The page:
I am a first-year MSW student at California State University East Bay. It was an honor to be in Professor Yanez’s class during my first school quarter. I still remember my first day of class with Professor Yanez. After I introduced myself, she said, “You have a unique name”, and then she repeated my name a few times until she got it right. She said, “Correct me if I ever say your name wrong”. I smiled even though my eyes were filled with tears. My name is Sriyanta. I am an immigrant from Nepal. I have lived in the United States for almost eleven years, and Professor Yanez is among the very few who made an effort to pronounce my name correctly when meeting with me for the first time.
Professor Yanez was always so lively in class. Her teaching style was straightforward, and she was always compassionate towards her students. She was kind if any student didn’t have a course book. She paired them with someone who had a book in order to ensure no student was left behind due to financial hardship. She often reminded us that we were the ones chosen to be in the MSW program and nothing could stop us from getting our degree. Her class check-in was as powerful as her lectures. She always showed us how much she valued her family and her own strengths and resilience as a person of color.
It was almost the end of my first school quarter of school when I needed an extension for one of my final papers. I was unable to meet the deadline because I was working multiple jobs just to pay my first quarter’s tuition and support myself. My temporary immigration status didn’t qualify me for any financial aid, or any Dream Act grants, and I’d been living in the U.S for almost 11 years. I emailed Professor Yanez asking for an extension, and I requested to excuse one class absence. She responded by saying that she was worried about my grades because I was missing a lot of classes, and she asked me to see her during her office hours. I scheduled to meet with her in-person, but little did I know that this would be my last time meeting with her.I will forever remember meeting with her individually at her office on that day.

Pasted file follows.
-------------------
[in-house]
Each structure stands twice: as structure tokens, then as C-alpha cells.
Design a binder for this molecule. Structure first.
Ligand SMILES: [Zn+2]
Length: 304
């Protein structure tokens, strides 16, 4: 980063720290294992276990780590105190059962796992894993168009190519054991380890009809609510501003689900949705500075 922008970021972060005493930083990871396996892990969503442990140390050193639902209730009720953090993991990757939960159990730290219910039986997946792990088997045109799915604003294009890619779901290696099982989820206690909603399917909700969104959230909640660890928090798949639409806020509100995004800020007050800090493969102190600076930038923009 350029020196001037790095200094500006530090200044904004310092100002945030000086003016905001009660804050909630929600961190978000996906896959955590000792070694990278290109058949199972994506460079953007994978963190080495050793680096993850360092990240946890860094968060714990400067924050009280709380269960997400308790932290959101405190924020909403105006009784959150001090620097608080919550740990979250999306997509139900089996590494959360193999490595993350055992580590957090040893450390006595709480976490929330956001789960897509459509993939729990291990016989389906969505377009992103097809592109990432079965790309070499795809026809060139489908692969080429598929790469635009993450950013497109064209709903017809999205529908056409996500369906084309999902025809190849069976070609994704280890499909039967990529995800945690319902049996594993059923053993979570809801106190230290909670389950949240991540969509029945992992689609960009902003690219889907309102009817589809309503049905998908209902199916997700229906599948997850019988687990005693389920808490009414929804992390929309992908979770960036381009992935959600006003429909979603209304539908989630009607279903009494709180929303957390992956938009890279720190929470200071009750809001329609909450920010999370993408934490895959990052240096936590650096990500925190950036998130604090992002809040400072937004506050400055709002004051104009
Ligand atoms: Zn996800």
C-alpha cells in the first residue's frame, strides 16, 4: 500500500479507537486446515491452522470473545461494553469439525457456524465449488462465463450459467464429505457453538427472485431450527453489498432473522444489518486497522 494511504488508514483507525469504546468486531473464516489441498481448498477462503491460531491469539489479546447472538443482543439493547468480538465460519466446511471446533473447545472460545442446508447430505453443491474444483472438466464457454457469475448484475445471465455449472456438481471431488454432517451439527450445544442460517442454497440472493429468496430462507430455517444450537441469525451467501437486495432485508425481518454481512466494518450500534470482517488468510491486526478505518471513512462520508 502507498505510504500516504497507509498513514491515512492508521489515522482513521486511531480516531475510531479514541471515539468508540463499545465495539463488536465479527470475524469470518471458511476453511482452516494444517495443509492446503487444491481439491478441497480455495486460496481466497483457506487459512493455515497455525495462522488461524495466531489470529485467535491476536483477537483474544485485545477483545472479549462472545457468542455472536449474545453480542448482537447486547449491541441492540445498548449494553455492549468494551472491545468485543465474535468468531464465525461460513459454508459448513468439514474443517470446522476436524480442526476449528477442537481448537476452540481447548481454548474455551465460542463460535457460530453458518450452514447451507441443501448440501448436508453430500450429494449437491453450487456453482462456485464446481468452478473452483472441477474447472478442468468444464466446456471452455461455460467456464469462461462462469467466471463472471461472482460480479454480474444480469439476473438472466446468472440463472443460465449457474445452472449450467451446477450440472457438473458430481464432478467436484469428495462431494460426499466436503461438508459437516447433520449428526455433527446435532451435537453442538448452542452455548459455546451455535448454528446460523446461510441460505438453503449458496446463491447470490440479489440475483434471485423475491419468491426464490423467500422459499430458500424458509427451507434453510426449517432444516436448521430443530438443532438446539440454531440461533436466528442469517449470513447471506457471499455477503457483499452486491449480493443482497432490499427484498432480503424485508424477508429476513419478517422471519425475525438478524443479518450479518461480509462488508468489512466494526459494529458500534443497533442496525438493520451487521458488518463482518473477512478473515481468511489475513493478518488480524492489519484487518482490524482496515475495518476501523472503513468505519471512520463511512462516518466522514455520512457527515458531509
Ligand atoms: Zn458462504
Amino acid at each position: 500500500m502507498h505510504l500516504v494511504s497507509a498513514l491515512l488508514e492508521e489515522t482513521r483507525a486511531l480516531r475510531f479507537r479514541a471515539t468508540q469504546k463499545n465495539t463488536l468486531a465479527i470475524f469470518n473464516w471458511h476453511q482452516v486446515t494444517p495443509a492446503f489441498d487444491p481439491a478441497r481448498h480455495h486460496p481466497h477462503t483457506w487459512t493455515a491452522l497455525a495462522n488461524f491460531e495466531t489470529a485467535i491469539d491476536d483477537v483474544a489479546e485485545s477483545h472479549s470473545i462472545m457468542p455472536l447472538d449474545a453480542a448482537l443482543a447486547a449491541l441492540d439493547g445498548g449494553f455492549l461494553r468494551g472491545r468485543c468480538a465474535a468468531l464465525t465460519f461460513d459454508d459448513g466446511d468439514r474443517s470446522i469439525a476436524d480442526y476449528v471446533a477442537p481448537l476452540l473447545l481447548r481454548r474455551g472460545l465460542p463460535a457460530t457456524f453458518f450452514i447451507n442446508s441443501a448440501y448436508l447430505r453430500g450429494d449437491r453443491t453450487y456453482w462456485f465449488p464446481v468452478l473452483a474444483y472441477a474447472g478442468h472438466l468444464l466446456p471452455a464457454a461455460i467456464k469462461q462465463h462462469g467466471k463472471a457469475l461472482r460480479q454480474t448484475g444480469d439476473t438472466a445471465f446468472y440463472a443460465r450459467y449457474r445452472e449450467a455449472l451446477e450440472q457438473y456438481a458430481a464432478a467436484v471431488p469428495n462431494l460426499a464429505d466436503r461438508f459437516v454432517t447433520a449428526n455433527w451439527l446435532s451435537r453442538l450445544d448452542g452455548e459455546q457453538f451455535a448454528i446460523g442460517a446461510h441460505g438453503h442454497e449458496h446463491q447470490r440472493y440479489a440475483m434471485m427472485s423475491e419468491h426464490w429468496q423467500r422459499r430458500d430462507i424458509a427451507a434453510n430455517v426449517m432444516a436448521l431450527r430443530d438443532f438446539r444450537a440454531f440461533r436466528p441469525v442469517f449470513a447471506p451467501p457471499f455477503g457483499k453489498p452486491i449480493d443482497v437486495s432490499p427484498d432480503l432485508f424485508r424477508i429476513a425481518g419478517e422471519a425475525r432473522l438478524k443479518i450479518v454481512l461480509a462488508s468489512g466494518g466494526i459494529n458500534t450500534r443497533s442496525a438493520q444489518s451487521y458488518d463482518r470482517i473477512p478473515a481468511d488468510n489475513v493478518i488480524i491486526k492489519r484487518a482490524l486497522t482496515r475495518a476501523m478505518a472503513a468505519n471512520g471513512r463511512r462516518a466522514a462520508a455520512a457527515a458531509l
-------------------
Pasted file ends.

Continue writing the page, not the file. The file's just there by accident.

During our meeting I had an opportunity to share my story with Professor Yanez. I told her of my strong desire to pursue an MSW degree. I explained that, even after having an uncertain immigration status due to abandonment, being a victim of abuse, being temporarily homeless, and surviving domestic violence just a few years ago, I wanted to work to help others. She said, “I am so glad that I met with you today. Your story is very inspiring. I am certain that you will be able to continue college regardless of all these uncertainties. You have come a long way and will graduate.” I remember crying with her while in her office.
I am so honored to have had the opportunity to meet and get to know Professor Yanez even though it was only for a short period of time. Her words of encouragement have impacted me deeply, and I always think of them when I want to give up. This is my third quarter at CSUEB. The support that I have received from the faculty and my classmates makes me believe that everything is possible. I am so proud of the strong foundation Professor Yanez gave to me as a first-year MSW student. I look forward to honoring her words by finishing my degree next year.